Last Updated February 21st, 2019
How Does Pregnancy Normally Occur?
In order for a woman to become pregnant, at least one of her ovaries must release a mature ovum. This ovum then remains in the fallopian tube for some time while it awaits fertilization. If it is successfully fertilized by a sperm during this time, the fertilized ovum will eventually move into the uterus and become implanted in the endometrial lining of the uterus which has become thickened with blood in anticipation of this very event. Once it has become implanted in the uterine endometrium and barring any subsequent complications, the embryo will then continue to grow until it is delivered through the birth canal. This is how a normal or uterine pregnancy takes place.
What Is An Ectopic Pregnancy?
Just as the embryo becomes implanted within the uterine cavity, it is perfectly possible for it to become implanted in another location altogether. Such pregnancies are known as ectopic pregnancies. The most common site for implantation outside the uterus is the fallopian tube. However, it is not unheard of for the embryo to become implanted in locations such as the ovary, fimbriae, cervix and even the abdomen. Such pregnancies do not always produce symptoms but can be very painful when they do.
Under What Conditions Does This Happen? What Are The Risk Factors?
Any woman of childbearing age could potentially suffer an ectopic pregnancy. The underlying causes for this are not well understood. However, there are a number of well-recognized risk factors. The list below enumerates some of these risk factors:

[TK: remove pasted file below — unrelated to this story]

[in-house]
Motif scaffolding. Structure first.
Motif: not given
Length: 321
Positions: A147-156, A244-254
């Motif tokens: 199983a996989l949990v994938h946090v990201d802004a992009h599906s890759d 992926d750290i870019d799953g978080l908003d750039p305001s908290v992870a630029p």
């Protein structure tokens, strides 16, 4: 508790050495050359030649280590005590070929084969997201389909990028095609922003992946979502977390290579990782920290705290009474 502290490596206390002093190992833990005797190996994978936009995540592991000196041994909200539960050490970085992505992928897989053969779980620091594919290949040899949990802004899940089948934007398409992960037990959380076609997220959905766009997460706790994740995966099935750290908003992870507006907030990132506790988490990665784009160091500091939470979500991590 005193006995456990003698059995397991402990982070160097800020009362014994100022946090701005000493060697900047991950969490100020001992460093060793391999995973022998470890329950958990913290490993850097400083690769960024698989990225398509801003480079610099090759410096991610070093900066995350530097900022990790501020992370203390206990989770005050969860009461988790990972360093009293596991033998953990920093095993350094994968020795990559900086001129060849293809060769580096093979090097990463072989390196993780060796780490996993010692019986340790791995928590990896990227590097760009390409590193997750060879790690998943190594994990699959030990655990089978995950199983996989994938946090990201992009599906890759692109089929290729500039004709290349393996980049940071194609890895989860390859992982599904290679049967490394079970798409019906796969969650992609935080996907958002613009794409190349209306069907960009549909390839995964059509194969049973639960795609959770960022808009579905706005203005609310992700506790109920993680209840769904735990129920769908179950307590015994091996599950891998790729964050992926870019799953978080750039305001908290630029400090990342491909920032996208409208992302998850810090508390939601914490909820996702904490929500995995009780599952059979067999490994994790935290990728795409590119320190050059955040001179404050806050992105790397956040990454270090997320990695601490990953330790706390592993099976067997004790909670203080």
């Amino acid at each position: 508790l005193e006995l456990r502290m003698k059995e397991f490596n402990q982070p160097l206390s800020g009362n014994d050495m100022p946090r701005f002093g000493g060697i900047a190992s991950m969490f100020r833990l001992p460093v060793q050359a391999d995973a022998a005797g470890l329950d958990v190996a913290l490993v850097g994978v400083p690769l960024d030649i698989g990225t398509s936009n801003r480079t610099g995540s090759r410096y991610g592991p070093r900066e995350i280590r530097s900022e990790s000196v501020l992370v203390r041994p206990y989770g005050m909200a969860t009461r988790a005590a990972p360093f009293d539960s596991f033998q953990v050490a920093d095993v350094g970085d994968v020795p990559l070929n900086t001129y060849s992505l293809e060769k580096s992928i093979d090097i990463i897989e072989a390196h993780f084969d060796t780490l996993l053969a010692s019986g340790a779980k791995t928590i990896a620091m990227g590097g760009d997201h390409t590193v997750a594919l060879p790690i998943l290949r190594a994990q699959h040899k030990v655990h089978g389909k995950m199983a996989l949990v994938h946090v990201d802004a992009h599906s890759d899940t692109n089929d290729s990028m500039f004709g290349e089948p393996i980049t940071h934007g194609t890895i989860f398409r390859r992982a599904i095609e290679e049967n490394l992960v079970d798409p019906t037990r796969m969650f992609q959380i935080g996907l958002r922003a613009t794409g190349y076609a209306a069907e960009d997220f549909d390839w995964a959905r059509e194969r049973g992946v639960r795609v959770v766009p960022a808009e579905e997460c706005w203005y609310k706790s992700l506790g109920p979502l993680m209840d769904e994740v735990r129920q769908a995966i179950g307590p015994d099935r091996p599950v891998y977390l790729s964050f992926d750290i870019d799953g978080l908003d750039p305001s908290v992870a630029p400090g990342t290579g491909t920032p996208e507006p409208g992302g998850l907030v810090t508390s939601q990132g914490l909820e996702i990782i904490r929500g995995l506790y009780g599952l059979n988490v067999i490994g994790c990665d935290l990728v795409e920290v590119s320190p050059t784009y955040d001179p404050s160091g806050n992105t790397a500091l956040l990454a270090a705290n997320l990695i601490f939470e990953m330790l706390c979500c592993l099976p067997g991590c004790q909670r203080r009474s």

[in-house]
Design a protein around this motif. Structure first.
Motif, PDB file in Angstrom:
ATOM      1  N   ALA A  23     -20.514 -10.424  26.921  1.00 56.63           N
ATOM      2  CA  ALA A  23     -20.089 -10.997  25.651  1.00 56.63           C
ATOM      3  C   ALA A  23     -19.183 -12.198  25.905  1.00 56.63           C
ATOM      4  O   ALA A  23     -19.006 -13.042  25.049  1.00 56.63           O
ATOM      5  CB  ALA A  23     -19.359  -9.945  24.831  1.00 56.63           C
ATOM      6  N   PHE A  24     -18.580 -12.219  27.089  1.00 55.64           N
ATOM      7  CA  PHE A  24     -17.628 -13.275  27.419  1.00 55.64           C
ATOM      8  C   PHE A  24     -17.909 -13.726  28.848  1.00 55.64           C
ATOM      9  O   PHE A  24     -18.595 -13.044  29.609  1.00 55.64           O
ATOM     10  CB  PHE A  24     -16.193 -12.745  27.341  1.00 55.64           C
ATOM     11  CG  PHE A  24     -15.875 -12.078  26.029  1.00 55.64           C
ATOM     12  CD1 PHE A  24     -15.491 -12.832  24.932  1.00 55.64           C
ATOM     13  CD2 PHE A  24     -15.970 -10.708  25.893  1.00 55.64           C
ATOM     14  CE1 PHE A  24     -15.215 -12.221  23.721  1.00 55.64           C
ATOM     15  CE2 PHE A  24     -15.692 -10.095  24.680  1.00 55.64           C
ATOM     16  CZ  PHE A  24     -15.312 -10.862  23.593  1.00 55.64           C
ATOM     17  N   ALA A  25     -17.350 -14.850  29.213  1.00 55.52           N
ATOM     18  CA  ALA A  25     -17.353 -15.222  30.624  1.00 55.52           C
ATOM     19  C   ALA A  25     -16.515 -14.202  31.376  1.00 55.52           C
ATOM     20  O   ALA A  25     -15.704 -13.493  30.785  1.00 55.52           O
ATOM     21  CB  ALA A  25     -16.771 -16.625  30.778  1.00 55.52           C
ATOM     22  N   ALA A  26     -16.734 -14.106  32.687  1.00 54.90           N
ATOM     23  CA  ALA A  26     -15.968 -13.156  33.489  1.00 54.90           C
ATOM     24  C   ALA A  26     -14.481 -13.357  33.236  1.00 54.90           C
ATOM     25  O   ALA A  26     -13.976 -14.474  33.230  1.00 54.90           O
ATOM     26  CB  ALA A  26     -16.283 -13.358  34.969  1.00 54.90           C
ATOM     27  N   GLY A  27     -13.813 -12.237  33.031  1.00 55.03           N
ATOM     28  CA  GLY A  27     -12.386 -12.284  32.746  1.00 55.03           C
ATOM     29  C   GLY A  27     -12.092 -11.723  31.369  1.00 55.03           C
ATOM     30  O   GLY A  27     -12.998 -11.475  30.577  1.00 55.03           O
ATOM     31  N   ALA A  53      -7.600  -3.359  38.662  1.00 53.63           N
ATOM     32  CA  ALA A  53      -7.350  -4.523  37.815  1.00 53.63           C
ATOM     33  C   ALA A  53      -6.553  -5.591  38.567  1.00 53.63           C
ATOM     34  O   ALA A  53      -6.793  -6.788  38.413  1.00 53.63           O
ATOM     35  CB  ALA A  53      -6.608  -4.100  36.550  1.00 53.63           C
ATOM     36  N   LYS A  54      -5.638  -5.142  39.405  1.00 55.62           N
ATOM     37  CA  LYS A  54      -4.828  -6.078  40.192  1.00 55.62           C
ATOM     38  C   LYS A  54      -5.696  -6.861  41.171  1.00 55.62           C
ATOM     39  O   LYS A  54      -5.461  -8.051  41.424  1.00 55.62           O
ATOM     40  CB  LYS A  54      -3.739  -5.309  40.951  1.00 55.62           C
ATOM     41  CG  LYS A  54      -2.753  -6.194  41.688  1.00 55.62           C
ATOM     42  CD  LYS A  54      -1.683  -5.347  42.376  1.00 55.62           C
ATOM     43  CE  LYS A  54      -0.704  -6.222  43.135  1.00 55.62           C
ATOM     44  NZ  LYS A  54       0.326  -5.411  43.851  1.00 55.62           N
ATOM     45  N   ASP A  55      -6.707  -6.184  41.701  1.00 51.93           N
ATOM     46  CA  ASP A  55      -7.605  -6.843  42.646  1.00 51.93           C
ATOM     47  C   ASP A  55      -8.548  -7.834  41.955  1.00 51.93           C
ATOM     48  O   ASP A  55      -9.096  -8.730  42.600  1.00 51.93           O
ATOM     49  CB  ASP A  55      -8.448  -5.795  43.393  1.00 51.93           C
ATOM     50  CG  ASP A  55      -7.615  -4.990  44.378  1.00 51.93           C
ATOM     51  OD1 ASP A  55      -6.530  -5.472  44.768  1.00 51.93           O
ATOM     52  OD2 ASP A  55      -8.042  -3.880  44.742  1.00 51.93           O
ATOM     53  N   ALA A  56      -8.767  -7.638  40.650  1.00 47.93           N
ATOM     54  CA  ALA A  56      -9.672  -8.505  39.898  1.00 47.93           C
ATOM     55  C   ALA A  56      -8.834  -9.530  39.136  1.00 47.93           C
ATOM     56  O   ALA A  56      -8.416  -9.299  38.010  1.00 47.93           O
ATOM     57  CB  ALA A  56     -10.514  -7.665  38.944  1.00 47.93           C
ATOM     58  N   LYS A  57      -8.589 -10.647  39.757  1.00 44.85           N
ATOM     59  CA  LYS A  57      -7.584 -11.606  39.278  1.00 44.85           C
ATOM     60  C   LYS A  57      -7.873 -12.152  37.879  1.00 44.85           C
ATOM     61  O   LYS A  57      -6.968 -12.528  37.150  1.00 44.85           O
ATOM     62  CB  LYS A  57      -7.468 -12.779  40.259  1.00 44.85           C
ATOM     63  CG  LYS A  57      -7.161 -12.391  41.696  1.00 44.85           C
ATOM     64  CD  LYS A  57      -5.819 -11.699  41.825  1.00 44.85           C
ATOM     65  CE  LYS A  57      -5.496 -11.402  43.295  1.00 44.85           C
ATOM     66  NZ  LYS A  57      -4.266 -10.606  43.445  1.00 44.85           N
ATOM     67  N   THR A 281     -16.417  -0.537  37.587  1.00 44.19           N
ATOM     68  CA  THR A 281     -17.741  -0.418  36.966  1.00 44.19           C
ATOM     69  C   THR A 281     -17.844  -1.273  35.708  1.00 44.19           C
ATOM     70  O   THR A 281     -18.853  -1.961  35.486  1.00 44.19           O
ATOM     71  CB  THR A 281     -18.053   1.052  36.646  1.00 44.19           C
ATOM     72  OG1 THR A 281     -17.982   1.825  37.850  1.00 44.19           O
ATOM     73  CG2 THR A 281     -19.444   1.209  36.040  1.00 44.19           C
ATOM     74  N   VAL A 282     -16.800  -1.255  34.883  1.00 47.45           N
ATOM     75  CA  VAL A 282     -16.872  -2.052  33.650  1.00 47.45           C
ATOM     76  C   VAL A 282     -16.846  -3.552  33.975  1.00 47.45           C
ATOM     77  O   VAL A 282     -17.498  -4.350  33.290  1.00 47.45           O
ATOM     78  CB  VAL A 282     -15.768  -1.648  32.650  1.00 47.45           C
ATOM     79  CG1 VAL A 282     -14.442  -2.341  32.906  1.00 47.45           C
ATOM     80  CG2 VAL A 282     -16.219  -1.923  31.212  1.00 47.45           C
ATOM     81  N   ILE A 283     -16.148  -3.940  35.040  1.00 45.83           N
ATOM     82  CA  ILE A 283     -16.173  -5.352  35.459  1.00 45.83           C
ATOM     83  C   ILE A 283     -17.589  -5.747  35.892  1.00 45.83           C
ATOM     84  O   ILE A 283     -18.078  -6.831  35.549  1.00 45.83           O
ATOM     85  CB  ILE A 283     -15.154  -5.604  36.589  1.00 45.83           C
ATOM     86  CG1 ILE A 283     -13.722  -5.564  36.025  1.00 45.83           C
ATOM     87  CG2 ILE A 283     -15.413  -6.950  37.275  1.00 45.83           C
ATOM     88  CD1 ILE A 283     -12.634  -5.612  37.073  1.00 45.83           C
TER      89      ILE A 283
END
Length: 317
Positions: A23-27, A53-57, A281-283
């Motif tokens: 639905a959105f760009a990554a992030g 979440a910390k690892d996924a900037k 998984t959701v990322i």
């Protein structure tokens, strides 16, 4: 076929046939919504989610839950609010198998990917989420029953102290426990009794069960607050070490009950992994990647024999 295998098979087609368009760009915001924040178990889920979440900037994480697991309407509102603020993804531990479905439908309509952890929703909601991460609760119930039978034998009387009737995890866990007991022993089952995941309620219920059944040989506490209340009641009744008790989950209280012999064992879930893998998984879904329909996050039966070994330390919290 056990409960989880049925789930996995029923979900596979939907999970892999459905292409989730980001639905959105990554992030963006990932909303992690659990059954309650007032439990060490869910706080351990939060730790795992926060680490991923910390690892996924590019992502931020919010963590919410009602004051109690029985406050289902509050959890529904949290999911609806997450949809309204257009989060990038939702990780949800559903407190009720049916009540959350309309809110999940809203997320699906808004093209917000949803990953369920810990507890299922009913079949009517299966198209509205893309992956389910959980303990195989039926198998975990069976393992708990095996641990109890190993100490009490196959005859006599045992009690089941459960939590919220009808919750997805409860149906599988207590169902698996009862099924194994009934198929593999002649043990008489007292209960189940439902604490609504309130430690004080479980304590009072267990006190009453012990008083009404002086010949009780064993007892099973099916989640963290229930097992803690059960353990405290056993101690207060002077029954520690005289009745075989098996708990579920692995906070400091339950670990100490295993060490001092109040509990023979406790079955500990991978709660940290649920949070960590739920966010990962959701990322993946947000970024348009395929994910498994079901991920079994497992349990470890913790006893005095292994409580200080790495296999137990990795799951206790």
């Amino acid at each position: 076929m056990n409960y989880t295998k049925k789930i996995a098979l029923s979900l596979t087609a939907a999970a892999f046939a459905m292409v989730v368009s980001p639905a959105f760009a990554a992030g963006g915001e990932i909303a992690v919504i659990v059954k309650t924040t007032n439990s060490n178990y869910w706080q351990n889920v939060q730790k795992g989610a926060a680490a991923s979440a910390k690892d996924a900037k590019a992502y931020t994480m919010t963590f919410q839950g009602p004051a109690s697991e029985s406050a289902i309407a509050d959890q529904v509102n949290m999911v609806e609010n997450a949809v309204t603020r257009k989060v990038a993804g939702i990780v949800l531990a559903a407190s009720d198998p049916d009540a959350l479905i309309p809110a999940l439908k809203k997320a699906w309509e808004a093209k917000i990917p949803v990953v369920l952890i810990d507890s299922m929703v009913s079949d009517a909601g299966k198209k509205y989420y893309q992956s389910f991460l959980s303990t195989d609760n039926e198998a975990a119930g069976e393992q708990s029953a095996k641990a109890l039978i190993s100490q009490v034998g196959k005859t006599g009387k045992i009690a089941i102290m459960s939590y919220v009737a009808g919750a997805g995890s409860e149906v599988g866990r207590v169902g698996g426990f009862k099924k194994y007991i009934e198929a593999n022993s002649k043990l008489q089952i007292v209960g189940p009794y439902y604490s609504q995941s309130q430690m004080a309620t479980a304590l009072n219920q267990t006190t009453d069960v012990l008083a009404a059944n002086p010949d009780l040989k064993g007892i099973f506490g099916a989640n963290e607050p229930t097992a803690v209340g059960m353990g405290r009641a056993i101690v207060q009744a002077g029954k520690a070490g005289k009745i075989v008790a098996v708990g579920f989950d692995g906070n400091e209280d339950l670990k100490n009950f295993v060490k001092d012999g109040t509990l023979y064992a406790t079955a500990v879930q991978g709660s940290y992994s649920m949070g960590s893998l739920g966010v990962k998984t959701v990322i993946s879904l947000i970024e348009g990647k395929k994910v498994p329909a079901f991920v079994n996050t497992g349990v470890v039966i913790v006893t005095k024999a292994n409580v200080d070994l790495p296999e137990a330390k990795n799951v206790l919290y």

- The risk increases with the age of the woman.
- Having a history of ectopic pregnancy raises the risk of suffering a repeat.
- Any factors that hinder the movement of the ovum through the fallopian tube. This includes tubal ligation for prevention of pregnancy or even certain contraceptives that can affect the character of the fallopian tube, making it difficult for the ovum to travel into the uterus and thus, increasing the probability of implantation within the tube itself. In general, any condition like surgery or infection that gives rise to inflammation, scarring, obstruction or damage in the fallopian tube can increase the probability of developing an ectopic pregnancy.
- Pelvic inflammatory disease (PID) is one of the most common risk factors.
- Sexually transmitted diseases such as chlamydia.
- Presence of scars from surgery in the pelvic area. Examples of such procedures include a Caesarean section for a previous pregnancy or an appendectomy.
- Having a history of procedures such as dilation and curettage for abortion, miscarriage or other reasons.
- Using assisted reproductive techniques or fertility drugs can increase the likelihood of developing an ectopic pregnancy. In fact, such methods increase the likelihood of developing what a ‘heterotopic’ pregnancy which is otherwise extremely rare in nature. In such instances, one embryo may implant in the uterus while the other implants elsewhere.